There is also the question mark of how Godwin’s production will translate to another team. Godwin has been playing in an extremely pass-heavy Buccaneers offense under Bruce Arians since 2019, helping to boost his numbers as we broke down above.

Godwin also has been getting to play opposite another top receiver in Mike Evans. Has Evans been an asset or a hindrance to Godwin’s production? In other words, does Evans make Godwin’s life easier by drawing attention away from him or could Godwin be even better without sharing the spotlight with another star? That is something we will not know the answer to until Godwin gets to play elsewhere.

We only got to see Godwin play without Evans in one game, so there is not much evidence as to how Godwin can operate as the focal point of an offense. Godwin did catch five passes for 121 yards in that game (a 38-17 win over Detroit in 2019), but one game is too small a sample to rely on.

Should the Jets go after Chris Godwin?

This one comes down to personal preference. There is no clear “yes” or “no” answer here. Godwin is certainly talented enough to justify a five-year, $91 million contract. However, it is no slam-dunk considering his health question marks and the uncertainty surrounding how his success will translate outside of Tampa Bay.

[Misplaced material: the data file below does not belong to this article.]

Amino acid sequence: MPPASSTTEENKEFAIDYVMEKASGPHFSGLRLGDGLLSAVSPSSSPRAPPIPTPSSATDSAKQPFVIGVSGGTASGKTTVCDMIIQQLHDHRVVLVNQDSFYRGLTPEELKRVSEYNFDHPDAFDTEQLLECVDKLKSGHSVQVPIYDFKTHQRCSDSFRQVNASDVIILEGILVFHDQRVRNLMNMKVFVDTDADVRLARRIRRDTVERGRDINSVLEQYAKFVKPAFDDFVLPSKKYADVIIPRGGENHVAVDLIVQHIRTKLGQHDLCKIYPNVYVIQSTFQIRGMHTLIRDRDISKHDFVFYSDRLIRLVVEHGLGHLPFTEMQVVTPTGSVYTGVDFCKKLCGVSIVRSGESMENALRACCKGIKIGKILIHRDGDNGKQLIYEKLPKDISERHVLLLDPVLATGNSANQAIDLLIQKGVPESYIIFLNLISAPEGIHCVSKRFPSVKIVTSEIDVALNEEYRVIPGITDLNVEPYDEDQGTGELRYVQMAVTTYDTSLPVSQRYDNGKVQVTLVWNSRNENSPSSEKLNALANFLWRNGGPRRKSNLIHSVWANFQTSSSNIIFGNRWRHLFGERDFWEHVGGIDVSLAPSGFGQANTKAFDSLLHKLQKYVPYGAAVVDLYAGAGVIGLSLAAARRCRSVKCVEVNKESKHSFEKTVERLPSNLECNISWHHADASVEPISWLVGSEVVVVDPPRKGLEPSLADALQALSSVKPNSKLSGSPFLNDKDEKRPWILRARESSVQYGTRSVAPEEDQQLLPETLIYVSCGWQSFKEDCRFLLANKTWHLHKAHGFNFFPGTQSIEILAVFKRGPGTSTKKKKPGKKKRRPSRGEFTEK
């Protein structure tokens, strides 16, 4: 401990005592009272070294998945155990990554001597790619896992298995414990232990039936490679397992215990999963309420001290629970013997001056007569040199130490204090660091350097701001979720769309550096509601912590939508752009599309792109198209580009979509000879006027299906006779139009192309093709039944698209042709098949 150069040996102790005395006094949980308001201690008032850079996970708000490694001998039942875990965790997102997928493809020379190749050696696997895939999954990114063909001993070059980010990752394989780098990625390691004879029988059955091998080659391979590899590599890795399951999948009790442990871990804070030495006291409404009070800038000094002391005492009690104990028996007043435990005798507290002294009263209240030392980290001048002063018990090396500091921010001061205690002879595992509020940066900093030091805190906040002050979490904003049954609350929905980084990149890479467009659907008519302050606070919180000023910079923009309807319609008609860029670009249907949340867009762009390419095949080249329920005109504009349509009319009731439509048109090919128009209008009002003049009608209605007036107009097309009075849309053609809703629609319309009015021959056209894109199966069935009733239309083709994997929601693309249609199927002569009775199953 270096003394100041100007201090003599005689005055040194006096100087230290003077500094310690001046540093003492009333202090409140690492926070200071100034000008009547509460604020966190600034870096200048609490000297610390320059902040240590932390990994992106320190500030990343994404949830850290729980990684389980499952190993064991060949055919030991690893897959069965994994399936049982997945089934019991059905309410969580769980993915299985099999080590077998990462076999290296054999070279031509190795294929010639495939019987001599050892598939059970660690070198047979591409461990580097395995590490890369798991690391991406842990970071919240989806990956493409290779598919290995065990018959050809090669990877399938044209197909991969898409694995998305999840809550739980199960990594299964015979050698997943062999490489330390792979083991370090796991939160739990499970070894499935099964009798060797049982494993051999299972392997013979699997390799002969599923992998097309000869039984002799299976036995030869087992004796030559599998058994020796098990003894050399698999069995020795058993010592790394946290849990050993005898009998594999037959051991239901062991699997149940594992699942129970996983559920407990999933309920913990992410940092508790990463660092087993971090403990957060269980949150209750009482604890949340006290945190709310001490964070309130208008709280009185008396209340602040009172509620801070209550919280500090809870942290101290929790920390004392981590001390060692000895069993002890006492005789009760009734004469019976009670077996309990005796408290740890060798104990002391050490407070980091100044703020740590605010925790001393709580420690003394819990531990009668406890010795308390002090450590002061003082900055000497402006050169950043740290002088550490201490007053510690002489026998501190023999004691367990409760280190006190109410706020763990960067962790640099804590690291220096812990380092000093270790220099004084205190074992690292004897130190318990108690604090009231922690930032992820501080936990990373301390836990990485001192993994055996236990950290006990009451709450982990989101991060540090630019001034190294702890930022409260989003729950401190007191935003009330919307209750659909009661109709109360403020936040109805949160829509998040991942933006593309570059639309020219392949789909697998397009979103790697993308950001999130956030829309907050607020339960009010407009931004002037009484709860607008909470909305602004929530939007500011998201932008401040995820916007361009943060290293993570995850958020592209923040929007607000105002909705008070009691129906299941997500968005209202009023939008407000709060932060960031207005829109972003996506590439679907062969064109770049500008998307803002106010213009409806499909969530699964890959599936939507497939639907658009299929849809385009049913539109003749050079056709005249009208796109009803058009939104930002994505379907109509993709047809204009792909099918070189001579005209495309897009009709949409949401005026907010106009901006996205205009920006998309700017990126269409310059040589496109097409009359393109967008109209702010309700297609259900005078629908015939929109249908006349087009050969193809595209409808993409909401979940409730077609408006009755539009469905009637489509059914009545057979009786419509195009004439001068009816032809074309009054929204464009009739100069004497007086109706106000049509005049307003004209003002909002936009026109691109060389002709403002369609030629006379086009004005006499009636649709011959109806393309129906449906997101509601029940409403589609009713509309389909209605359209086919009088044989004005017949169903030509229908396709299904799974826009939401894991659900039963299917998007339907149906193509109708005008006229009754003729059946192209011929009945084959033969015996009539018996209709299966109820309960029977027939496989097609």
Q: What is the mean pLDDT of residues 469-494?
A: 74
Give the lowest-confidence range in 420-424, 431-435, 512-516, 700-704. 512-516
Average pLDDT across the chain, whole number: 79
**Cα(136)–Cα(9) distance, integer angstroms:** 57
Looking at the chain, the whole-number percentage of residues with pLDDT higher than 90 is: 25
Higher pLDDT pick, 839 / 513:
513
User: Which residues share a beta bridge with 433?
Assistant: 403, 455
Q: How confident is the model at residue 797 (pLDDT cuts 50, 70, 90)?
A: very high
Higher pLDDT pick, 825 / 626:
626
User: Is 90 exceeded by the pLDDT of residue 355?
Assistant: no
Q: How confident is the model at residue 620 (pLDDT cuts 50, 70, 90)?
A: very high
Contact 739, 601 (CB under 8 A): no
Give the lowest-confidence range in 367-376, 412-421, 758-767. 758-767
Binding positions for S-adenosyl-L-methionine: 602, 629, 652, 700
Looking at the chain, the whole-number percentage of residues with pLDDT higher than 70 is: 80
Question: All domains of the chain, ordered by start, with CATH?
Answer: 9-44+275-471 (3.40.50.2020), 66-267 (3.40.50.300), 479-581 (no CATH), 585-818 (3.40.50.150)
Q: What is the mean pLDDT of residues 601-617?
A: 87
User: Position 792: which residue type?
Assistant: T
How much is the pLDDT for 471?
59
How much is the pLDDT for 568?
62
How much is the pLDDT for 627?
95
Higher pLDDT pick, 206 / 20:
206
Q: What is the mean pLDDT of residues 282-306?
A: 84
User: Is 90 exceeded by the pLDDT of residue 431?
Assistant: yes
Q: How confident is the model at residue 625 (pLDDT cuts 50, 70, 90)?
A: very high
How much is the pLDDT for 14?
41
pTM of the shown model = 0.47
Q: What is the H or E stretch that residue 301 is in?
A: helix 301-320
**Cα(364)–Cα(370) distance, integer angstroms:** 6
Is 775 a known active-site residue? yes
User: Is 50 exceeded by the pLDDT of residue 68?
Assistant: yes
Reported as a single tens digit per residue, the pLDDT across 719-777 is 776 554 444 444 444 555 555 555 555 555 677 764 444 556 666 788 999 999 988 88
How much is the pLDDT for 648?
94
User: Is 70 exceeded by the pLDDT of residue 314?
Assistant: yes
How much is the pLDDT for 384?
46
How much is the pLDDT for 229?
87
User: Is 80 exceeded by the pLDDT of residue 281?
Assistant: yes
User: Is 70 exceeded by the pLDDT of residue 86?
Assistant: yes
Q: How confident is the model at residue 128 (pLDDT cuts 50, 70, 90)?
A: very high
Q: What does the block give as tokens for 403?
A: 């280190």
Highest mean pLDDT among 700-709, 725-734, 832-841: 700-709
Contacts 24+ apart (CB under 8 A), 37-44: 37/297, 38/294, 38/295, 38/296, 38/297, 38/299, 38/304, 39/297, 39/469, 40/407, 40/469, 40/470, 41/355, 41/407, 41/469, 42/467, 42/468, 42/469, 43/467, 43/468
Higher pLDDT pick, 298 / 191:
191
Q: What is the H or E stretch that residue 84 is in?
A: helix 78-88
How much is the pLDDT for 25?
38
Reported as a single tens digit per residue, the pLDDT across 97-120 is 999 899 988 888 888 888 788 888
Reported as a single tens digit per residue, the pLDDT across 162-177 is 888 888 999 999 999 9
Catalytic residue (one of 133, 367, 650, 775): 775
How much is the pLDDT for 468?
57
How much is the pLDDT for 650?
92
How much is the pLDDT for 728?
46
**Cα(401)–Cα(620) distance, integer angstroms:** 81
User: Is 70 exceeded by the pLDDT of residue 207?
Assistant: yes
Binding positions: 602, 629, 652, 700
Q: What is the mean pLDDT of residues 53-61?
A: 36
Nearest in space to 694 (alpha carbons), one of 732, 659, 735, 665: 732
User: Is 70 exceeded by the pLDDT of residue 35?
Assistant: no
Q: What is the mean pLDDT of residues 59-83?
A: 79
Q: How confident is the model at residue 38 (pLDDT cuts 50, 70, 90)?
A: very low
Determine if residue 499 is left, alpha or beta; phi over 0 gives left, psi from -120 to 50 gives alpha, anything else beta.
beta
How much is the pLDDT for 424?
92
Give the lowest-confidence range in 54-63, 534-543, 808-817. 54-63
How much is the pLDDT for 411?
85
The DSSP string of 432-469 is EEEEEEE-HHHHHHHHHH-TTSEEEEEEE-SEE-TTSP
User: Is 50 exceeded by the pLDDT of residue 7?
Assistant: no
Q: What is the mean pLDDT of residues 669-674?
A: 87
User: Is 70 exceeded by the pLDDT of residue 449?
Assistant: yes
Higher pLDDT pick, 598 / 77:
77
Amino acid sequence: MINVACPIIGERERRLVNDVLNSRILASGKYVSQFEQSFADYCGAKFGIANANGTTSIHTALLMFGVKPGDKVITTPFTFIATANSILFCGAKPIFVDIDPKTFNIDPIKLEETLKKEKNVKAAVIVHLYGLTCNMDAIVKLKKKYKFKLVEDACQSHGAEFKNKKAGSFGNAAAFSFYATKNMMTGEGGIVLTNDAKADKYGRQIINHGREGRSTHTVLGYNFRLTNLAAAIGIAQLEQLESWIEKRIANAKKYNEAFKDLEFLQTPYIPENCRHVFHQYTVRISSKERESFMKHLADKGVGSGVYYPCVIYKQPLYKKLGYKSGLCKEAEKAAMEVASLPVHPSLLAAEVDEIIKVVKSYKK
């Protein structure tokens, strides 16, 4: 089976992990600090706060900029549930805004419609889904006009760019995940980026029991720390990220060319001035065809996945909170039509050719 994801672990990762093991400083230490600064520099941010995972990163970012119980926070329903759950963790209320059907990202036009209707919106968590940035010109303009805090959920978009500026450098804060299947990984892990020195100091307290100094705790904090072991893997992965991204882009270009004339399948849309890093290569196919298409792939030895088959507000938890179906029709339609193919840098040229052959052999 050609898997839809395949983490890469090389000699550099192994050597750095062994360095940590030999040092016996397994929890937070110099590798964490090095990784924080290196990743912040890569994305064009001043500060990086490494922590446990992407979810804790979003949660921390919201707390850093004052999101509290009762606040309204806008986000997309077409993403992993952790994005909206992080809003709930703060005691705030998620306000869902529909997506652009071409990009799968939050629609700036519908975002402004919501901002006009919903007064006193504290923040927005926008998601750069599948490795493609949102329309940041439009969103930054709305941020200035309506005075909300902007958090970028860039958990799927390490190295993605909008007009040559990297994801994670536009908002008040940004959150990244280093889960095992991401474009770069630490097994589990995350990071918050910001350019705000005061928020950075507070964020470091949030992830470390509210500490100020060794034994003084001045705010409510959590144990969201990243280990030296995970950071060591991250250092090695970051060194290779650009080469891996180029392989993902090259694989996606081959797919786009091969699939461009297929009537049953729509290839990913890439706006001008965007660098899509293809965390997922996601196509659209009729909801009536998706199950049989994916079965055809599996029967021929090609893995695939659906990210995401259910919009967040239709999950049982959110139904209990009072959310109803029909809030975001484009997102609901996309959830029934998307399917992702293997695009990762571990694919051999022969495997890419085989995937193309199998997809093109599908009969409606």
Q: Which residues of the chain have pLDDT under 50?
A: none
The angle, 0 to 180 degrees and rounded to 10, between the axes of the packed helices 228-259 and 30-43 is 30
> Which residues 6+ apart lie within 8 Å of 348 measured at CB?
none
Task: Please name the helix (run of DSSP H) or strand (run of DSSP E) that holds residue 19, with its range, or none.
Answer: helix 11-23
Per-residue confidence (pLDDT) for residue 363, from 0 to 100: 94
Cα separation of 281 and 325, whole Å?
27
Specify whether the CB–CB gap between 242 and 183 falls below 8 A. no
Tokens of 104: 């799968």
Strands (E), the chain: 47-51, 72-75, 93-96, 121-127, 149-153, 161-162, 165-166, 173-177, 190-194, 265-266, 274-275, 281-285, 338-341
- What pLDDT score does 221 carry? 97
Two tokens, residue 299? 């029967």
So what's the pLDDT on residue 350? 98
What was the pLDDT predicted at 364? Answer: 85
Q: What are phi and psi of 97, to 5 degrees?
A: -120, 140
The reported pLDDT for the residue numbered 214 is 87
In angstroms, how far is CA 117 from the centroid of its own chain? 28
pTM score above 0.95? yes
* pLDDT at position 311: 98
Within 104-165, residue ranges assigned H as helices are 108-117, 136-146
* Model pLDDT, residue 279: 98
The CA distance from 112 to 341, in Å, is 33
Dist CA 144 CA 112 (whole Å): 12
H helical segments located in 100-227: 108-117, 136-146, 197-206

If the Jets love Godwin as a player enough to believe that he can produce at a top-tier level as “the guy” in their offense, think he fits tremendously in their scheme, and are confident in his health, they should absolutely make a bid for him. But if they are less than 100% sold in any of those areas, they should probably pass.

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Michael Nania is one of the best analytical New York Jets minds in the world, combining his statistical expertise with game film to add proper context to the data. Nania scrapes every corner, ensuring you know all there is to know about everyone from the QB to the long snapper. Nania's Numbers, Nania's QB Grades, and Nania's All-22 give fans a deeper and more well-rounded dive into the Jets than anyone else can offer. Email: michael.nania[at]jetsxfactor.com - Twitter: @Michael_Nania
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Jets71
Jets71
9 months ago

My feeling is they should draft a WR high and let him grow with Zach. I think it helps the chemistry for them to learn together and it also helps the salary situation. I have not stats as you do but something about Godwin seems a bit inflated. He’s not only played in a high passing offense, he had a legit QB, who likes to throw the short passes. He also was on a team with other high quality weapons in the passing game. I don’t like him as a primary focus WR.

Jets71
Jets71
9 months ago
Reply to  Michael Nania

Right, I’d pass on him.